It’s probably no surprise then that when the government mandated school closures, that rapidly mastering online teaching established a significant barrier for teachers working under these circumstances. Indeed, few of these schools had reliable internet connectivity – or any internet at all.

In urban cities, on the other hand, parents typically competed to outfit their children with classes - most often in English and computer sciences - from premium online teaching platforms like VIPKID. Their ubiquitous smartphones enabled children to learn whichever subject they wished, whenever they wished. While a mother in a poor mountainous school in Shaanxi province couldn’t afford her son’s internet connection, a mother in Shanghai spent $490 for a projector that would enlarge the small script on her son’s screens, according to the South China Morning Post.

The government may have gone out of its way to give small townships and village schools 22 online platforms with 24,000 free higher-education courses. Certain online tutoring apps may have offered free classes during COVID-19, which in urban regions attracted millions of students. But little of this mattered when 49% of China’s population lacked internet connection to access these resources.

The results entrenched the education divide between haves and have-nots, and when COVID-19 came around, China struggled to disperse online education equitably to all of its students.

The Chinese Government’s solution to universalising online education during COVID-19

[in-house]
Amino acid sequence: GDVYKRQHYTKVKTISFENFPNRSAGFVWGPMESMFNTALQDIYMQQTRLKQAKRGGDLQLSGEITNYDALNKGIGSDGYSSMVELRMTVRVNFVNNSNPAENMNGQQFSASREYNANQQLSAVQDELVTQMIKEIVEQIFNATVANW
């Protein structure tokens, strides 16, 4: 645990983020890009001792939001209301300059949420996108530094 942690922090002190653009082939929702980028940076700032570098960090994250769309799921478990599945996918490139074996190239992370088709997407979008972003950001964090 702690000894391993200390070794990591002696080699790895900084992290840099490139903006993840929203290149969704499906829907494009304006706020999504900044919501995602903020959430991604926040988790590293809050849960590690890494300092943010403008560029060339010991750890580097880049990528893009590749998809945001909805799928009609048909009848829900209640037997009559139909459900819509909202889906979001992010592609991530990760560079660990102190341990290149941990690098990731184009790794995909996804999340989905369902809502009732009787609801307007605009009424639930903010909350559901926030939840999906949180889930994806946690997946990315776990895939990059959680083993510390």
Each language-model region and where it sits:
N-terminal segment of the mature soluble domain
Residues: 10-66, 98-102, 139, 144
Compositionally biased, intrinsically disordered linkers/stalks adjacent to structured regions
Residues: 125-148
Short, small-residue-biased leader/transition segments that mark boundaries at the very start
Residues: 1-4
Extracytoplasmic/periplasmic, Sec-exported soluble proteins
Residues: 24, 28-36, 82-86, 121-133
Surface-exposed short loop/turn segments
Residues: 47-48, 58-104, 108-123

Almost a month after COVID-19 started, the government realised that around 69 million children who live in its impoverished regions were not getting the online education that those in urban cities received.

To address this issue, China’s Education Ministry joined forces with the Ministry of Industry (MoI) and Information Technology (MIIT) in late February 2021 to unfurl a series of educational provisions for children from small townships and village schools. These included:

  • Boosting internet connectivity for the under-served regions.
  • Increasing internet speed and providing scalable and flexible bandwidth of major online education service platforms, like the National Cloud-Platform for Educational Resources and Public Service, for internet users in poor areas.
  • Allocating money for free online courses for all primary and secondary schools through Hong Kong and China.
  • Collaborating with telecom and online platform service providers to ensure online security in remote regions.